Dubai-based Friendi and the Hala FM in Oman have teamed up to provide free music to subscribers in that country.
Mobile operator to provide free music
ABU DHABI // Mobile users in Oman can now subscribe to a phone service that matches their taste in music, with the launch of a service in partnership with one of the country's most popular radio stations. The Halafon network is a tie-up between the Dubai-based Friendi Group, which operates "virtual" mobile networks, and Hala FM, a popular youth-focused radio station.
Subscribers to the service will get free music downloads as well as special access to the station's promotions, call-in shows and events. "To our knowledge, this very tight link between a radio station and a mobile brand is a new model, even on a global scale," said Mikkel Vinter, the chief executive at Friendi. "Hala FM is one of the strongest youth brands in Oman. It was a real game-changer in regards to radio, so the brand is very strong and we believe it can be expanded into the mobile world."
"Virtual" mobile network operators, known as MVNOs, run services without building the physical infrastructure of a network. Instead, they buy access to an existing network. The business model has become popular in Europe and North America, allowing small companies to launch niche, targeted mobile services without making massive infrastructure investments. In Japan, the Finnish mobile phone maker Nokia runs a virtual network based on the established NTT DoCoMo system. The network is branded alongside Nokia's Vertu line of high-end mobile phones. The service gives users a personal concierge and exclusive invitations to private parties and events.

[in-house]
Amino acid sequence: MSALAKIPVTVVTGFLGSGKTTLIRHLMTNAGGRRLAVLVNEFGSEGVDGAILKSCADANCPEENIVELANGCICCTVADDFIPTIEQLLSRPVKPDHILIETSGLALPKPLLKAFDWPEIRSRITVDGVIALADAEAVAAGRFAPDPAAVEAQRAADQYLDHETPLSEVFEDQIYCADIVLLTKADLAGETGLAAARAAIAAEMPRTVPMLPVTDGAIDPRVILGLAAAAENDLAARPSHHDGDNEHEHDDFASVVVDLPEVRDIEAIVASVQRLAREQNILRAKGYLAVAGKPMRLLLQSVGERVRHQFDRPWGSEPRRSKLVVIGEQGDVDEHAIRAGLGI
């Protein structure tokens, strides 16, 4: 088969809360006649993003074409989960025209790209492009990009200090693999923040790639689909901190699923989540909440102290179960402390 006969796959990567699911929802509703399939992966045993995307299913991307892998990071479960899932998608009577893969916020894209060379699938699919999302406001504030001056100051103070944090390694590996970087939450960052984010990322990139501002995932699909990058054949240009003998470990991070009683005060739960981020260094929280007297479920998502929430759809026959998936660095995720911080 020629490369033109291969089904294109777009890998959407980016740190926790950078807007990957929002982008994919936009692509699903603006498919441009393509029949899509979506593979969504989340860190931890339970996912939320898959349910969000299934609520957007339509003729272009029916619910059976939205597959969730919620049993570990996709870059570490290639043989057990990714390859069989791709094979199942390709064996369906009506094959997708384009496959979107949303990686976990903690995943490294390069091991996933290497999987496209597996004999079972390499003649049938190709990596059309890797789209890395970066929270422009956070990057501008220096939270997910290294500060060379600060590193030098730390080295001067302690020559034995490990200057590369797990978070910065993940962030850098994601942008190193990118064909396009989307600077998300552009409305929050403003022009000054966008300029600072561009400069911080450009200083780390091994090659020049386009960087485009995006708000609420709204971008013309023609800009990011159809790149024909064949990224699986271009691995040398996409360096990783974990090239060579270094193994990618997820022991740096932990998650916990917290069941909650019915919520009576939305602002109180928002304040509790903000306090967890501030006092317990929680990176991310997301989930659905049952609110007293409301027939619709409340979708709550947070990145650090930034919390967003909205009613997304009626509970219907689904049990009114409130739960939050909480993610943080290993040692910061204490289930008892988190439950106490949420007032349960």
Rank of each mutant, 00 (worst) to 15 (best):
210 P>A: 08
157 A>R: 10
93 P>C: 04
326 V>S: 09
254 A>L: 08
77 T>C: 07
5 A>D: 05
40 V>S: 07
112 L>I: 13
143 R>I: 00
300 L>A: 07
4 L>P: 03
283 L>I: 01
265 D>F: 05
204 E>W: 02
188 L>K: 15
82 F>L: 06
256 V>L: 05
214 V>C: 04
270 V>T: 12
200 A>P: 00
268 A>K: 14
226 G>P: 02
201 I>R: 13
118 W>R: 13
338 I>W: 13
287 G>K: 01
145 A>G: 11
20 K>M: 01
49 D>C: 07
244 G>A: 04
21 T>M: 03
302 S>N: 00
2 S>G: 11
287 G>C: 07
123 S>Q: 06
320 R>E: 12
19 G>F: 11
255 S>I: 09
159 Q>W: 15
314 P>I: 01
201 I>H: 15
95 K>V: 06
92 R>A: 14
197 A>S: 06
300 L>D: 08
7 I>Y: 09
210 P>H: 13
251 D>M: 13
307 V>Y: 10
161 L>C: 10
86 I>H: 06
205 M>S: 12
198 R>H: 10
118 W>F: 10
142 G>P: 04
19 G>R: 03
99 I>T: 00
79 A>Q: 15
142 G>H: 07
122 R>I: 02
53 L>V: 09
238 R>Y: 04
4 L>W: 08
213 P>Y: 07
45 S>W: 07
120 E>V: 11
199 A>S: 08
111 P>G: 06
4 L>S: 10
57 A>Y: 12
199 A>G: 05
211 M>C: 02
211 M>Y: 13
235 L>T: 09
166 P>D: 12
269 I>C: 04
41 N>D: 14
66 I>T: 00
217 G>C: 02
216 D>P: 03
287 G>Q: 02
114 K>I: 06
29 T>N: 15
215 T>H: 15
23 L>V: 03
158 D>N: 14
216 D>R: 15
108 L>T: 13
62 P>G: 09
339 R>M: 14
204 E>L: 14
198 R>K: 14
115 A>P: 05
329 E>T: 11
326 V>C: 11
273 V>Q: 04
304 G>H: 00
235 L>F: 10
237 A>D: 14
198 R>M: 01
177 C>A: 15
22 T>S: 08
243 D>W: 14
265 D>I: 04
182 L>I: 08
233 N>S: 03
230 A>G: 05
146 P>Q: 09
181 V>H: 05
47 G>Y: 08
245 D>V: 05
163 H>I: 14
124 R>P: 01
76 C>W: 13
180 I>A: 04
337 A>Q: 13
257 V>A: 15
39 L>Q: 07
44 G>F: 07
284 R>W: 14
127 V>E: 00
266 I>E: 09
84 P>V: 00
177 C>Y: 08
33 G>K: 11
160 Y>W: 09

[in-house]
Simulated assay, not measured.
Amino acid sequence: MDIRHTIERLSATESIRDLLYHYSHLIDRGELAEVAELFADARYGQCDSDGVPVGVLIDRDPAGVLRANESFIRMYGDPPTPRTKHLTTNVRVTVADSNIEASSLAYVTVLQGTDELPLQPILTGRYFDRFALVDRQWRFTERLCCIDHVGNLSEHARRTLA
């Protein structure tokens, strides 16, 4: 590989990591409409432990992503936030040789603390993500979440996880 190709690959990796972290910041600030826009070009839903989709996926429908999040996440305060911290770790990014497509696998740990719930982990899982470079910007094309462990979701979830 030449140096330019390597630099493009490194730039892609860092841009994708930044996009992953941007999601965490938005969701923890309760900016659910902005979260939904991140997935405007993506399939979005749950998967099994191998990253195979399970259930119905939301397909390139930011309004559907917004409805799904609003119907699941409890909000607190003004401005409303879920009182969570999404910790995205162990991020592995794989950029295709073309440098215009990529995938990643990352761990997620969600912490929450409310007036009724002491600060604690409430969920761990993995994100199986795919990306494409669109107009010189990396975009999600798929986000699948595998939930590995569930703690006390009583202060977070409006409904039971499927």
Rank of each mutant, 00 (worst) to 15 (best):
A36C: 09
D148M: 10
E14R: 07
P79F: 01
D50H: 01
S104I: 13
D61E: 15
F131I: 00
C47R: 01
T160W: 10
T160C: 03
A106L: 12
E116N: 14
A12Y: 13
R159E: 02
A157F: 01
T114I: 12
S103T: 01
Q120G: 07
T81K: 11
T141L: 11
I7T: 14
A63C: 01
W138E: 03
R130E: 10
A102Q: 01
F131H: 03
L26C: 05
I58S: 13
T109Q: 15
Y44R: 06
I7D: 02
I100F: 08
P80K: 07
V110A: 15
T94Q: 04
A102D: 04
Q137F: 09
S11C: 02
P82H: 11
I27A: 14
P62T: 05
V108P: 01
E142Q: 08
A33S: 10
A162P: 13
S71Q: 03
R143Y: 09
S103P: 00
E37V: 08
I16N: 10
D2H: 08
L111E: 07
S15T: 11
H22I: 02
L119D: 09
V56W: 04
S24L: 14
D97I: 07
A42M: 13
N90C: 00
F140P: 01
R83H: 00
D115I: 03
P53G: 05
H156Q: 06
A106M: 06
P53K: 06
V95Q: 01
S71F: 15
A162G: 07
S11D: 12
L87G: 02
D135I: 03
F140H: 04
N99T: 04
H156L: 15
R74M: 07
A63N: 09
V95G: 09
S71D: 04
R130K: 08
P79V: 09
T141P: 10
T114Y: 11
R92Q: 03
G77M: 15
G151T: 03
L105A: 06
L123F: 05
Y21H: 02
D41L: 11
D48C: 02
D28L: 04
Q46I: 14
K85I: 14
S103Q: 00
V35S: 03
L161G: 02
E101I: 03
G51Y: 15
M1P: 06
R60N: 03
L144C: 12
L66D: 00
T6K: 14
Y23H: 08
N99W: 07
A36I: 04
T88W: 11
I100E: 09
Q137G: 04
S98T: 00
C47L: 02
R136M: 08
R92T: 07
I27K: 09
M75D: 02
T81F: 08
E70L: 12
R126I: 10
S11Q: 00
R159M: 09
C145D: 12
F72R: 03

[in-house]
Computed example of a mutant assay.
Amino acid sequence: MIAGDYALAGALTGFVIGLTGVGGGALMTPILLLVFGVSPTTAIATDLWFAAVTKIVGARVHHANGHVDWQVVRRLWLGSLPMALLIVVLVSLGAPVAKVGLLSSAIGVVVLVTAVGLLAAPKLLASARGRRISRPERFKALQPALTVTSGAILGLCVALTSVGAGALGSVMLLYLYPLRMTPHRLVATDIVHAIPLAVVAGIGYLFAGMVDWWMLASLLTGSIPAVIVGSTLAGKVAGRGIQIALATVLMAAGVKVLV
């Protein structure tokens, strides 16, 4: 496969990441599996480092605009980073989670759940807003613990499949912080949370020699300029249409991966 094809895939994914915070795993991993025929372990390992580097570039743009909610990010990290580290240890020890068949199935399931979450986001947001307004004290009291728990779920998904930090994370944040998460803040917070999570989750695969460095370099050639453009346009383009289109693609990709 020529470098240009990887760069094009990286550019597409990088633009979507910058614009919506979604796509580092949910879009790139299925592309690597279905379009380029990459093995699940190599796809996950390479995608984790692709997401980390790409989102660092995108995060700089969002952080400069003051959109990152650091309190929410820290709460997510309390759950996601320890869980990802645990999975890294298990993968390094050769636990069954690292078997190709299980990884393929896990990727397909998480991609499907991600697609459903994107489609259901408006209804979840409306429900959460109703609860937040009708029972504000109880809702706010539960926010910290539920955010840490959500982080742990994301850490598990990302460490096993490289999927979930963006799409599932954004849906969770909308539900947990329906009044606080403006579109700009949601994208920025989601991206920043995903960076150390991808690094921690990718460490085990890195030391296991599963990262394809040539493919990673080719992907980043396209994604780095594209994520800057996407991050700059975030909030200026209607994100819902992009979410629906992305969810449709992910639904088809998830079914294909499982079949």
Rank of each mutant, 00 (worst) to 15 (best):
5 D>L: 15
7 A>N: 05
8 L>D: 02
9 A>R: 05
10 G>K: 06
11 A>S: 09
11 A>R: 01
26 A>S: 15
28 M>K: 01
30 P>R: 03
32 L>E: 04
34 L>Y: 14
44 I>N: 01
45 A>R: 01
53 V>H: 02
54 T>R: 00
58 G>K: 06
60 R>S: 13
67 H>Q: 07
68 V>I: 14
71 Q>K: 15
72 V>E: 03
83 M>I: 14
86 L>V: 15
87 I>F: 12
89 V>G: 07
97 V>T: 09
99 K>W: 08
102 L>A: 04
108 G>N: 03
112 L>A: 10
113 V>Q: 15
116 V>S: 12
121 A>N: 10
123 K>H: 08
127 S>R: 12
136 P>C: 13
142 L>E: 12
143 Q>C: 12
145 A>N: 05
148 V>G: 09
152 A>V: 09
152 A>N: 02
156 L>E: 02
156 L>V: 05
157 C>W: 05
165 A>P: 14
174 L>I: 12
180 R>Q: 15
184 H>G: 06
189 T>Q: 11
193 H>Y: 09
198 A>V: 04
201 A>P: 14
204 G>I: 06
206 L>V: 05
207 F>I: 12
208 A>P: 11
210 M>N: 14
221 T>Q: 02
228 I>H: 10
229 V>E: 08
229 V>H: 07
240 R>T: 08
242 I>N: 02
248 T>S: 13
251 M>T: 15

Blyk, a UK-based virtual network, rents access from British mobile networks and targets young people with an advertising-supported free mobile service. In return for receiving commercials sent to their phone each day subscribers get a free monthly allowance of calls and messages. Dubai's Axiom Telecom, a mobile handset retailer, has said it hopes to launch virtual networks in the UAE and other Gulf countries, as has i2, another mobile retailer based in the emirate.
"You need two things to succeed," i2's chief executive, Abdul Hameed al Sunaid, has said. "A brand and a distribution network. We have both of these things. A lot of people want to become MVNOs here, and they don't have one or the other. I think they will fail." In May, Friendi became the first company to operate a virtual network in the Middle East when it launched its first branded mobile service in Oman, buying space on the Omantel network. The service targets expatriates and those with, as the company describes it, "part of their heart outside the country". Access to lower-cost international calling and special off-peak rates were important aspects of the service, which has attracted 50,000 users in its first two months of operation.
The new mobile brand is aimed at young Arabic speakers. "We see these two segments as being the most obvious ones to work with, both in Oman and more broadly across the region," Mr Vinter said. The company was considering other possible mobile brands targeting different market sectors, but would focus on the current two brands in the short term, he said. Friendi hopes eventually to operate up to 20 virtual networks throughout the Middle East, although only Oman and Jordan currently allow such operators. The UAE Telecommunications Regulatory Authority has said that when the time comes to license a new entrant to the UAE market, something expected to take place in the coming year, the virtual operator model would be considered.
Mr Vintner said: "We are very optimistic. We're seeing a clear improvement in the progress being made across the region. Many operators and regulators take comfort from the fact that the virtual model has now been proven in the region." @Email:email@example.com